On Wednesday night MLB Commissioner Rob Manfred told SI senior writer Tom Verducci "There will be a baseball season this year. One-hundred percent" on MLB Network. While the owners and the MLBPA have not yet reached an agreement to begin the season, this quote from Manfred is showing what Verducci calls the "end game" to a long negotiation process. Verducci also shares what the potential scenarios are for MLB to begin this season.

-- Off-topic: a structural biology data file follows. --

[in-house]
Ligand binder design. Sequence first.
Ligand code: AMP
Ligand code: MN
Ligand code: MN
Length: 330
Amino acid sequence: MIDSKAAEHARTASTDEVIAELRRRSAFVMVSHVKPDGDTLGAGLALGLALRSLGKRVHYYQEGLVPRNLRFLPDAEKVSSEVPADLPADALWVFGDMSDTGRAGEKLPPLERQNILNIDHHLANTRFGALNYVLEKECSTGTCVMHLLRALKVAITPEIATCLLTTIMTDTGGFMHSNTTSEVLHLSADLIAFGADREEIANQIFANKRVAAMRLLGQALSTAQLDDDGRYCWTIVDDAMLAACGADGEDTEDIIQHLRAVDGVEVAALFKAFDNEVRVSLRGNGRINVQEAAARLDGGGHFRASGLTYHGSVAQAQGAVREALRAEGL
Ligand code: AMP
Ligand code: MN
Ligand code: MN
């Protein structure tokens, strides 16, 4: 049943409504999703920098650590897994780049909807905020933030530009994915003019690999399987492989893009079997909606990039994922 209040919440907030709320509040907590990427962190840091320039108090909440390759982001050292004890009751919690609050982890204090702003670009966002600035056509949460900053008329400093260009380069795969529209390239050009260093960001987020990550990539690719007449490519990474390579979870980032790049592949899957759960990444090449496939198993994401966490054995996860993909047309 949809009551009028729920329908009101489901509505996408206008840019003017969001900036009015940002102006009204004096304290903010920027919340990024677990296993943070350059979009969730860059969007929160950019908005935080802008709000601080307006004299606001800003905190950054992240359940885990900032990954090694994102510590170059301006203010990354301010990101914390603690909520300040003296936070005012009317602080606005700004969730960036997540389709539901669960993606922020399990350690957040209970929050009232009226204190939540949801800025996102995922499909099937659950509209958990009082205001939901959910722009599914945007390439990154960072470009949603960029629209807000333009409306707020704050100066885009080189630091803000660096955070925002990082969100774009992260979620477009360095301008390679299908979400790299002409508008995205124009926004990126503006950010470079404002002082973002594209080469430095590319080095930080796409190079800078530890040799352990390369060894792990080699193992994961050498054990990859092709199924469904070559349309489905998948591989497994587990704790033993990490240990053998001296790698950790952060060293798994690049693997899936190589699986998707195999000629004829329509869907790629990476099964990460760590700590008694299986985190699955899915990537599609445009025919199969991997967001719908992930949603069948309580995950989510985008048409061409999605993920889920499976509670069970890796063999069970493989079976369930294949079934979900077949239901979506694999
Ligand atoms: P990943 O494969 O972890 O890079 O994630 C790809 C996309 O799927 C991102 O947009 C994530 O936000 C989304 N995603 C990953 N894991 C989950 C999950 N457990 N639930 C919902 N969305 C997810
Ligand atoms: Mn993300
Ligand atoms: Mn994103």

Major League Baseball Commissioner Rob Manfred told me on MLB Network Wednesday night "There will be a baseball season this year. One-hundred percent." It's an indication we've reached the endgame to what have been long negotiations between the players and the owners. There are two scenarios in play. No. One, in the absence of an agreement per an agreement back in March between the players and the owners. The commissioner can schedule a season of his choosing. It's likely to be about 50 games that would bring players on a prorated basis, a total of about $1.2 billion. The other option is that there is a settlement, an agreement between the players and the owners. And in that case, the money going to the players will certainly exceed one point $1.2 billion. It's a question of how many games and how much money gets to that point of an agreement. But we're finally getting to a point where the issue one way or the other will be resolved.